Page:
Moorgate Farm was never owned or tenanted by Roebucks. It was the property of Dyson’s and  still was in 2012


WILLIAM ROEBUCK                          married                      ANN OLDHAM HIRST

  born 21.4.1808,                                                                born

                                            Ann was born Upperthong

 Children:- John  – Emma – Ellen Ann – Maria – Mary – Sarah – Lydia – Joseph H – William E

 William was born at Wood Nook, near. Netherthong, which was later handed down to him from his father John. The Census taken 30.3.1851 shows the family living at Woodnook, 64 acres plus houses and servants. They mainly reared sheep in addition to the usual farm animals.

In 1881, Ann was 73 years old. She was a widow, still lived at Wood Nook, Honley,  farmed  60 acres and employed 4 men.  A marriage certificate was required to ascertain if Ann was HIRST or OLDHAM and who was her father… Joseph Hirst of Wilshaw or William Hirst (b.1785).There was also a George Hirst, Mill owner of Digley Mill. Details of her mother are unknown to date.  All the children were christened at Netherthong Church and William and  Ann were buried in Netherthong churchyard together with John and Maria Roebuck.

When William died he left Woodnook to Joseph and William E and their mother Ann was to live in the cottage. There is evidence that the farm was left to the eldest son John, which was the usual thing to do in those days. He in turn later rented it out to his brothers, Joseph and William Edward (there is an original document showing a rental agreement between these three Roebucks dated  February 1st 1887)  at £69 a year with rent days being May 1st and November 1st.

 John born 21.4.1831 and died Jan 1889?   Farmer’s son born in Netherthong. John was married to Martha Ann born 2.4.1841 and died 11.7.1923 (She was baptized on September 2 1877) and  in 1871 they were shown as Grocers in Thongsbridge. In 1881 they lived at Ox Lane as farmers with children, Annie born c.1874 (Dressmaker) – Edith born c. 1874 (Dressmaker’s assistant) – William born c.1868 (Joiner) – John Herbert born 9.10.1884 (In 1911 he was listed as being a farm manager at Moor Lane, Netherthong) – Fred born 7.8.1878 and died 1.8.1880 – Mary Emma born April 1871 died 31.3.1874, aged 2 yr 11 months – John Charles died at the age of 6 ½ months. All the children were born in Netherthong and in1891 they lived at Ox Lane but by 1901 they had moved to Wood Nook. The 1861 Census shows that Martha Ann was the daughter of Grace and David Roebuck. Grace was born c.1802 and came from Almondbury. David Roebuck was a Manufacturer. Martha had a sister Mary Mellor born c.1844. John possibly died in 1901. Mary Mellor was possibly married in September 1867. As mentioned earlier,  this John, being the eldest son, inherited Wood Nook on the death of his father and on the 1st February 1887 he rented the farm out to his brothers Joseph Hirst and William Edward for £69 yearly rent.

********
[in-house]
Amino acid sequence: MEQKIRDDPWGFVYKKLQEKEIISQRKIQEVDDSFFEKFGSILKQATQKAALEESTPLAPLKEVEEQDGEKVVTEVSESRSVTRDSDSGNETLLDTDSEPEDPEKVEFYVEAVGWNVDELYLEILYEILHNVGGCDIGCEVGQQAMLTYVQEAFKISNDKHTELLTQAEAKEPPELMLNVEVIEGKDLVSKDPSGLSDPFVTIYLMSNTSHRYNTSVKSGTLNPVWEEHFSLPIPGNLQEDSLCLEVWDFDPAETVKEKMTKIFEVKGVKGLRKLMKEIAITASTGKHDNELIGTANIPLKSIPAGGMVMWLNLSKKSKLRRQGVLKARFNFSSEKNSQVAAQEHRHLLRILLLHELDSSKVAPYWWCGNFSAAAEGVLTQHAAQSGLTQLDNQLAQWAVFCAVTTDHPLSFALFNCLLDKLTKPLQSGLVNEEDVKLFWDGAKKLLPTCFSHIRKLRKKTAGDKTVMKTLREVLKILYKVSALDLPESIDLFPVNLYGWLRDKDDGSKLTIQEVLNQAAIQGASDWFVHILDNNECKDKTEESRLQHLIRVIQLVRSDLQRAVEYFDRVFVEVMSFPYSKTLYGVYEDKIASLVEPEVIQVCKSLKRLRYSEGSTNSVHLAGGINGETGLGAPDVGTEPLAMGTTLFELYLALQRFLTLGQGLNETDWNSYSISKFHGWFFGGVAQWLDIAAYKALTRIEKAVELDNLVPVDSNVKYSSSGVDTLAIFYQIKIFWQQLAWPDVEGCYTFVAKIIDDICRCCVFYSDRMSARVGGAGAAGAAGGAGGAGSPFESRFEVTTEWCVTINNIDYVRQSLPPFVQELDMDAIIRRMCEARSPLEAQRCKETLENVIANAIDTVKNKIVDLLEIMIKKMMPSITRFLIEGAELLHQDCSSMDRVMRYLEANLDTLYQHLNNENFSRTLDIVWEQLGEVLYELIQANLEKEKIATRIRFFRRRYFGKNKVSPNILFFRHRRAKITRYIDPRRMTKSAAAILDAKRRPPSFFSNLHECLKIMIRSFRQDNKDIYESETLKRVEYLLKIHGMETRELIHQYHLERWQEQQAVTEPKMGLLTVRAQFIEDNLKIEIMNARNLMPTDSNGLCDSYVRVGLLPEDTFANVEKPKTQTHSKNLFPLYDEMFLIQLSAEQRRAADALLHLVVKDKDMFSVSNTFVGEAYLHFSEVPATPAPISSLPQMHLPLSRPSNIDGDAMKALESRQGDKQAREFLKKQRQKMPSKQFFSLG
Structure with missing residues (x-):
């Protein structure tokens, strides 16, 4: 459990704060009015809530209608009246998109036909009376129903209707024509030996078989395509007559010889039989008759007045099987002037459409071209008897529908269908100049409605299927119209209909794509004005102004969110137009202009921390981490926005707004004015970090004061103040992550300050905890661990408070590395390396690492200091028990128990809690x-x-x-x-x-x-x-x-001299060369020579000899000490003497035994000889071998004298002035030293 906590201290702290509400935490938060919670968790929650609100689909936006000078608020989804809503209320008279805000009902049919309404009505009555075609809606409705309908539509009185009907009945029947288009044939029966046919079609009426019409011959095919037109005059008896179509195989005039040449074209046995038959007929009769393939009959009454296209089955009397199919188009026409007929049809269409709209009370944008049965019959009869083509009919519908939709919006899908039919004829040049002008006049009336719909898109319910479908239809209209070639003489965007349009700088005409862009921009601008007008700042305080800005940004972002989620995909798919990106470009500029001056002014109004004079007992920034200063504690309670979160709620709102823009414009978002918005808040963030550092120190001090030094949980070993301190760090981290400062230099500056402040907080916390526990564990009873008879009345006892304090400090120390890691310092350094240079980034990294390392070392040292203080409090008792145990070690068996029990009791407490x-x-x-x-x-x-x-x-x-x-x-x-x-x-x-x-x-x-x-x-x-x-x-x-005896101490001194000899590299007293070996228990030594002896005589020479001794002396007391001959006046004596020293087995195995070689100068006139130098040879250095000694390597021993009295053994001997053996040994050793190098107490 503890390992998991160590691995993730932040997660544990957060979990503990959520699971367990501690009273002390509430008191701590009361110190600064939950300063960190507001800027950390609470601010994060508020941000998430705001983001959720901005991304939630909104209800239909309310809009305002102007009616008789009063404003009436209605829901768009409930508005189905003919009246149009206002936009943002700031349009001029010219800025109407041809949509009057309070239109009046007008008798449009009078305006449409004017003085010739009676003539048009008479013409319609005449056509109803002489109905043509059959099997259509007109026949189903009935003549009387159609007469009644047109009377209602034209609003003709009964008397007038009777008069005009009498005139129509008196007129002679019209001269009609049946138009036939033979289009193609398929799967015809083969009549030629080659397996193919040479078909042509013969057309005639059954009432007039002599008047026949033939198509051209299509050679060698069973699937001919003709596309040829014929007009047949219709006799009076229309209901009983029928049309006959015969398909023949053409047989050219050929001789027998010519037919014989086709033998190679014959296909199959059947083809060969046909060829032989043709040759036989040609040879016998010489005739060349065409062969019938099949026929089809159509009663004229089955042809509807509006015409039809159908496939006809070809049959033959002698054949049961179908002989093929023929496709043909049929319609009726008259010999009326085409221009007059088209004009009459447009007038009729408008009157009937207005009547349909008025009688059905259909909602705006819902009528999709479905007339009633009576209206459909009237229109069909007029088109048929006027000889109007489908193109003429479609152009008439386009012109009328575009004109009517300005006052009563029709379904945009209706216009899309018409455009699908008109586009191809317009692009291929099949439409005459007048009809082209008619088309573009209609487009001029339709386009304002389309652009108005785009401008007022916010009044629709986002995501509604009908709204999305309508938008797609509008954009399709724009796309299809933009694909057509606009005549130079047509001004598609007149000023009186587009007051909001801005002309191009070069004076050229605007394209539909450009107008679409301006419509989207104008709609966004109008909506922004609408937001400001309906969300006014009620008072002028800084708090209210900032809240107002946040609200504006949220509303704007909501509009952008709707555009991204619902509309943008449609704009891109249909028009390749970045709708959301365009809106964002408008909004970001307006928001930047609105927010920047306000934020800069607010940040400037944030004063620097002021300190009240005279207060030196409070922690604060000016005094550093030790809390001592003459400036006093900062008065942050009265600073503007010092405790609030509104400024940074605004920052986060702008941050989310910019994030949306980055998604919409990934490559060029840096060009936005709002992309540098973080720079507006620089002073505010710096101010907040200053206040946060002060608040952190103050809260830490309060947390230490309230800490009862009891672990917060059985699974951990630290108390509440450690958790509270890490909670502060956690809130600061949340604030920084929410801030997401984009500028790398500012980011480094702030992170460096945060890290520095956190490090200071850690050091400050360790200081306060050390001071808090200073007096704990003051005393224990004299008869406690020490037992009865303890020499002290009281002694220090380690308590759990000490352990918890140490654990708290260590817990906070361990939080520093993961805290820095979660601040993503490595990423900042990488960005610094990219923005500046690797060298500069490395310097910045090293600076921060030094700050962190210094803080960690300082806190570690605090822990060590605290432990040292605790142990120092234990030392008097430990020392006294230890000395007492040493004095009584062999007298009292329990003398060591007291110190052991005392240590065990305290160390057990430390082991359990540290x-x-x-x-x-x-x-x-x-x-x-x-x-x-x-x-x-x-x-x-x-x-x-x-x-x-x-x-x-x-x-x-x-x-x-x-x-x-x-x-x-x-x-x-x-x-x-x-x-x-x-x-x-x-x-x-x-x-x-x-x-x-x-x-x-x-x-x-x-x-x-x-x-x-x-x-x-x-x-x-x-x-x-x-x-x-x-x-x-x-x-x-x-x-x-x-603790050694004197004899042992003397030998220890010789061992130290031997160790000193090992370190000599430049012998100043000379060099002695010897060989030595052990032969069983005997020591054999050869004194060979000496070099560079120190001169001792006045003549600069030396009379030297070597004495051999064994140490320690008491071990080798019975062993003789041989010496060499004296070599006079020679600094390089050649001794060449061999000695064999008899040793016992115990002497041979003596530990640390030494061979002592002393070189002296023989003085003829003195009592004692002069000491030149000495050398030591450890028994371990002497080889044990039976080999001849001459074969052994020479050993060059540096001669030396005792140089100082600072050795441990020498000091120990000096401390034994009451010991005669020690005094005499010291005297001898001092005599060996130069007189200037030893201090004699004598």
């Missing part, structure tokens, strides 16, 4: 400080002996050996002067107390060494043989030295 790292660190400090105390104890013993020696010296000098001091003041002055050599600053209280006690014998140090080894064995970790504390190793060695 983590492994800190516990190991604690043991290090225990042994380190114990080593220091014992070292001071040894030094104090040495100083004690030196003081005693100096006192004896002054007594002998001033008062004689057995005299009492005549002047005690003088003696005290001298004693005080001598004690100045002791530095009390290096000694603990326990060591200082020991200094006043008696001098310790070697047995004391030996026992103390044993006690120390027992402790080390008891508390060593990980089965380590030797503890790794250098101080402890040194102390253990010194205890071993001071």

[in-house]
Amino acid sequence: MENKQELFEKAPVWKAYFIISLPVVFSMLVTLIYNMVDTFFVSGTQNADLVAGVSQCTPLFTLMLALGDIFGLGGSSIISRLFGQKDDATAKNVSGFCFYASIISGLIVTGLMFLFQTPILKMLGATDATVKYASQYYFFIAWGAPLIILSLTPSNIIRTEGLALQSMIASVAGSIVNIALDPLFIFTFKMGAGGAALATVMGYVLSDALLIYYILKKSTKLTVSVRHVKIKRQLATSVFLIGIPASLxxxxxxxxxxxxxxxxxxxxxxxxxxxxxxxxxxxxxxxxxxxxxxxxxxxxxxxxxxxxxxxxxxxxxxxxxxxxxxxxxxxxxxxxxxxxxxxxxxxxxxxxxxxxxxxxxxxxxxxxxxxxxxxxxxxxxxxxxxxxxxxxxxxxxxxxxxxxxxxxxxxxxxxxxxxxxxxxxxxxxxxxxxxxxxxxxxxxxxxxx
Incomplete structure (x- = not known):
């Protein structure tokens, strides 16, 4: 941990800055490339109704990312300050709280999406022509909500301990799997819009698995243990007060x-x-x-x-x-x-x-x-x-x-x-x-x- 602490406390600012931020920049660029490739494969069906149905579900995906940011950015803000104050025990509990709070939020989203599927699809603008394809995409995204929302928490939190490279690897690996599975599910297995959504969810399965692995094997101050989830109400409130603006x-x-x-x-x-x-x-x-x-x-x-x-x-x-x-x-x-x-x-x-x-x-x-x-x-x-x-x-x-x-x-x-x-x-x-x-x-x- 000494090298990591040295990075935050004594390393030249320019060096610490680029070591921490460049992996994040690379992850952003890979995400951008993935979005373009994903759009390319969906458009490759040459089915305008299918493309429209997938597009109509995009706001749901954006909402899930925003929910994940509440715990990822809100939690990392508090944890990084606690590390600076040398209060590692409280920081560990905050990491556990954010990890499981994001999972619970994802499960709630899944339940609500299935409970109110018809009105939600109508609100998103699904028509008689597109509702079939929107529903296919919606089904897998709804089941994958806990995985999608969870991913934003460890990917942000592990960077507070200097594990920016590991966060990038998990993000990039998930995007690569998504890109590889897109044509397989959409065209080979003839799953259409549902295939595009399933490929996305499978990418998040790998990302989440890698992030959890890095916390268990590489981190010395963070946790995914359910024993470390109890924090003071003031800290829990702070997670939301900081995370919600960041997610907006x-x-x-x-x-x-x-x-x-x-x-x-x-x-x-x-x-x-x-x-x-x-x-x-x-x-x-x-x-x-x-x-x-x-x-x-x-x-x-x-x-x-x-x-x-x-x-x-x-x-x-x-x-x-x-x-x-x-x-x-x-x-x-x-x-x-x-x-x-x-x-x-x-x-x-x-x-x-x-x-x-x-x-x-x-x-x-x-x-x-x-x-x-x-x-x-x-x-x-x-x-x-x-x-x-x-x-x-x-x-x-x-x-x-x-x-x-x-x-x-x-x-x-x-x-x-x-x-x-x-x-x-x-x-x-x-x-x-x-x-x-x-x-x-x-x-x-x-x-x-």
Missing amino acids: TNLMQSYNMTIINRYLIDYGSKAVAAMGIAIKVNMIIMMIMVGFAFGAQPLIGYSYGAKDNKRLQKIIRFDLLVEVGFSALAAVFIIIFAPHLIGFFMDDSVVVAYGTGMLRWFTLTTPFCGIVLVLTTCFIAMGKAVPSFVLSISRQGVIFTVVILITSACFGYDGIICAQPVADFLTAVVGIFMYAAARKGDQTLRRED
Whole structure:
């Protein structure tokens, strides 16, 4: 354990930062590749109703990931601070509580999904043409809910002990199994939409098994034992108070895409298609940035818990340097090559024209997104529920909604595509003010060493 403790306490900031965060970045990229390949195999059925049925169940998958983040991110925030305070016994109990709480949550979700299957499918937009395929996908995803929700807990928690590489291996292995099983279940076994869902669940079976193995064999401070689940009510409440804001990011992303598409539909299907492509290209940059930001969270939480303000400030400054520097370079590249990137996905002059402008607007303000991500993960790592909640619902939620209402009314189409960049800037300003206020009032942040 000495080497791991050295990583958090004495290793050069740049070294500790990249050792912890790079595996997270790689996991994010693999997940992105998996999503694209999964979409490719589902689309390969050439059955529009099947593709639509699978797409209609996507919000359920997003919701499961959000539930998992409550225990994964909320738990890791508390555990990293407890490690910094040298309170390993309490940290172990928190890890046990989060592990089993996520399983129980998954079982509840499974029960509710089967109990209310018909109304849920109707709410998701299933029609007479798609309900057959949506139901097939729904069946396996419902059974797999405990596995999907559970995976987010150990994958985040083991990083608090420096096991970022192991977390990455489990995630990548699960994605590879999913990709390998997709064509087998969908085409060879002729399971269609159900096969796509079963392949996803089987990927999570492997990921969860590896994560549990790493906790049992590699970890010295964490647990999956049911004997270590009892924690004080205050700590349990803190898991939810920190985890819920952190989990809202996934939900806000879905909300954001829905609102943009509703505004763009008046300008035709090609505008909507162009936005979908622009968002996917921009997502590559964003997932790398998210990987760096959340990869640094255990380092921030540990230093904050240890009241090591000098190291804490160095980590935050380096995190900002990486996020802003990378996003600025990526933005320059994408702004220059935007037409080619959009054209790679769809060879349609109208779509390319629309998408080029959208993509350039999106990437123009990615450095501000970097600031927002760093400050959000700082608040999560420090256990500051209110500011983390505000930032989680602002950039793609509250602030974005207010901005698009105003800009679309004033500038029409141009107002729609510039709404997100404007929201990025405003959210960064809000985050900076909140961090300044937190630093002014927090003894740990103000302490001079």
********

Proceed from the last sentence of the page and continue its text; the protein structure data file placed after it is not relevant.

William Roebuck born 1868 – died 1938 (Son of John Roebuck & Martha Ann above), emigrated to New Zealand and he married Lucy Holmes born1873 – died1938. (They had no children which we know of).  William lived at Wood Nook in 1908 and married Lucy on 1.9.1908 at the United Methodist Church, Moldgreen,Huddersfield. Lucy lived at Brook Street, Moldgreen and her father,  Charles Holmes,  was a corn miller. She worked as a confectioners assistant. Lucy arrived in New Zealand 19.2.1910 and they were farmers there alongside his cousin William Ramsden Roberts.  William and Lucy died within four months of each other in 1938 and were buried  in the Old Hamilton East Cemetery.